Riding Impression: Yamaha YXZ1000R Torque Assist Gearing
There are a lot of great all-around SXS models available in the current market, but not any one vehicle can cater to every customer, and there’s always someone who may like a particular vehicle but still wishes it would work better for their type of riding style or terrain. Sometimes people are drawn to the newest “go fast” machine even though the vehicle doesn’t fit their “not so fast” lifestyle. People complain everyday with statements like, “They just forgot us old hill climbers when they decided this SXS,” or What about the tight woods drivers?” People will complain even though the machine they want to fit them so bad was never intended to do so.
One company that wants everyone to enjoy the fruits of their labor is Yamaha. The Yamaha YXZ1000R was possibly the most anticipated release for a pure sport SXS, and it has been ever-evolving since its release date back on September 1, 2015. The manually shifted five-speed sequential gearbox paired with a clutch pedal on the floor of the YXZ added a new dynamic to the off-road scene that was something never seen before, and quite frankly it was a breath of fresh air and fun as hell to drive!
Just a few months back Yamaha released the SS, or Sport Shift, version of their YXZ1000R. This machine would further broaden the customer base by simplifying the shifting process for those who may not be accustomed to driving with a clutch. The paddles behind the steering wheel also added a new fun factor as well. What most wrote off as an afterthought was actually well within the Yamaha plan all along, as the SS version was been in development for more than two years before it recently was unveiled.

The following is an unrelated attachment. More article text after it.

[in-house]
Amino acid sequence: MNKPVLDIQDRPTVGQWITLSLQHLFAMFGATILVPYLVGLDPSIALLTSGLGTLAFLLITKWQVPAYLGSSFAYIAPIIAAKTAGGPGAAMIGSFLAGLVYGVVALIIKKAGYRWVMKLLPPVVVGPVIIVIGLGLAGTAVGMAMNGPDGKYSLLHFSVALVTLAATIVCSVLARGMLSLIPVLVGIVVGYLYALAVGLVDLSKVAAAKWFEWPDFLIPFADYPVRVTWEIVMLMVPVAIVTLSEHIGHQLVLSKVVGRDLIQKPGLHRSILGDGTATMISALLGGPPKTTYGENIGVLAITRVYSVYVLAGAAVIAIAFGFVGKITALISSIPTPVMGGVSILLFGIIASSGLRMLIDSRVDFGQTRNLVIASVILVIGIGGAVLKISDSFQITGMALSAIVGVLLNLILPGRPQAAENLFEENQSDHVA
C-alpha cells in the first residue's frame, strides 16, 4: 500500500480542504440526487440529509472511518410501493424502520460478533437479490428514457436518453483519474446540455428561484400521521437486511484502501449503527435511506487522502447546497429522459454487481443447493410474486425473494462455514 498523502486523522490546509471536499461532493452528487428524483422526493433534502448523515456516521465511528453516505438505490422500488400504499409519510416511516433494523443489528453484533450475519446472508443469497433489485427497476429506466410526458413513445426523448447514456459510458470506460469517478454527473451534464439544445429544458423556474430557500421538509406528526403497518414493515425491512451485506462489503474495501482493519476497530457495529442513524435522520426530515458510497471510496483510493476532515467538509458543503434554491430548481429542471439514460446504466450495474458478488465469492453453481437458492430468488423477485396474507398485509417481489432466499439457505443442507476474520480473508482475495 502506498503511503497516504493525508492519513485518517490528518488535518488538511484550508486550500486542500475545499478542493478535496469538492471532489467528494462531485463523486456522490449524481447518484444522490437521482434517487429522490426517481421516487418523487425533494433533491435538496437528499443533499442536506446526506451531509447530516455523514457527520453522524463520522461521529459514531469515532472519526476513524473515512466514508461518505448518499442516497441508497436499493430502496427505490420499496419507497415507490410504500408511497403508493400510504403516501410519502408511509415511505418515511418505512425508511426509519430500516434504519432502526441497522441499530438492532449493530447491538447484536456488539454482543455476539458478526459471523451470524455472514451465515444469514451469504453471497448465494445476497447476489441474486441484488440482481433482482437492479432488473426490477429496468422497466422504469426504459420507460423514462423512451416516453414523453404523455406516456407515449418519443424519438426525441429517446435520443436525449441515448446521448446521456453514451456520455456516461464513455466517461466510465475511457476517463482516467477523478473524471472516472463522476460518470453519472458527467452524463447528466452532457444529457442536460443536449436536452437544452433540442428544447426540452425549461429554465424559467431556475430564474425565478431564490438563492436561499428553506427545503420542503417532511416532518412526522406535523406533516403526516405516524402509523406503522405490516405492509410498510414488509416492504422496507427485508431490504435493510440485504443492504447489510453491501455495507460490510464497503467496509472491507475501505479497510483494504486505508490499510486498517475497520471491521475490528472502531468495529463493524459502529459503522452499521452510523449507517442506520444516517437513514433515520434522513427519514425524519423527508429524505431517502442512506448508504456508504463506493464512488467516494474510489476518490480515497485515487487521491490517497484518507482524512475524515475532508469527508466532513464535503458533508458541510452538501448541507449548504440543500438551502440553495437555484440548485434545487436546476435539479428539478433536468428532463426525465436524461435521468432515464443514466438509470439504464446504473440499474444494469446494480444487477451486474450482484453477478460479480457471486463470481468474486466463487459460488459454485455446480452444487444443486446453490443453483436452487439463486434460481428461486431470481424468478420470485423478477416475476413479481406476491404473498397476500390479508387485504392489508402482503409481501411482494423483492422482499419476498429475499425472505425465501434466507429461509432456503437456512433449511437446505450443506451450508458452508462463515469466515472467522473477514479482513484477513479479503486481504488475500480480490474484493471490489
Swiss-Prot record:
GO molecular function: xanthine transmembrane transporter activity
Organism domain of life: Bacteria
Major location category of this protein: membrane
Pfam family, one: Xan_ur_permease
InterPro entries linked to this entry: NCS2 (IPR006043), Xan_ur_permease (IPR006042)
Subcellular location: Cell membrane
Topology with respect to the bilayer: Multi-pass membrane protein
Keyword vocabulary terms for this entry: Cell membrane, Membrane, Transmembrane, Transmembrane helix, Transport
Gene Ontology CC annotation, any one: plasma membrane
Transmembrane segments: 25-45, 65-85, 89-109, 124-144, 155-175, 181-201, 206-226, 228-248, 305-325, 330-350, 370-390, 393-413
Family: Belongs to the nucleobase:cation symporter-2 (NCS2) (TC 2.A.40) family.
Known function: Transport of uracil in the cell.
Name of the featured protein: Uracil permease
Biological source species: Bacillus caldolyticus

Let’s fast forward just a few months and we see that paddle shifting wasn’t the only additional engineering that Yamaha had in mind though. Yamaha has now given the tight woods and mountainous terrain drivers something to consider in the form of an accessory kit that lowers the overall gearing in the transmission without really hurting overall performance. The GYTR Torque Assist Gearing kit drops first gear into a lower low ratio with a 40 percent reduction, and it brings the rest of the cogs down into the same playground with a balanced close ratio reduction of 30 percent. This means that you cannot only add a little larger tire without sacrificing performance on the manual-shift YXZ, but getting in and out of mud bogs and climbing over extremely rocky terrain is not an issue.
The new GYTR kit comes with a CNC-machined OEM transmission case fitted with lower gearing to improve low-speed crawling in tight off-road terrain, as opposed to the wide-open desert or dune riding the YXZ is almost most at home in. The kit includes a speedometer calibrator to get your gauges up to date, and all the necessary hardware for installation is included, such as bearing, gear, and gaskets (although Yamaha does suggest having a dealer install the kit).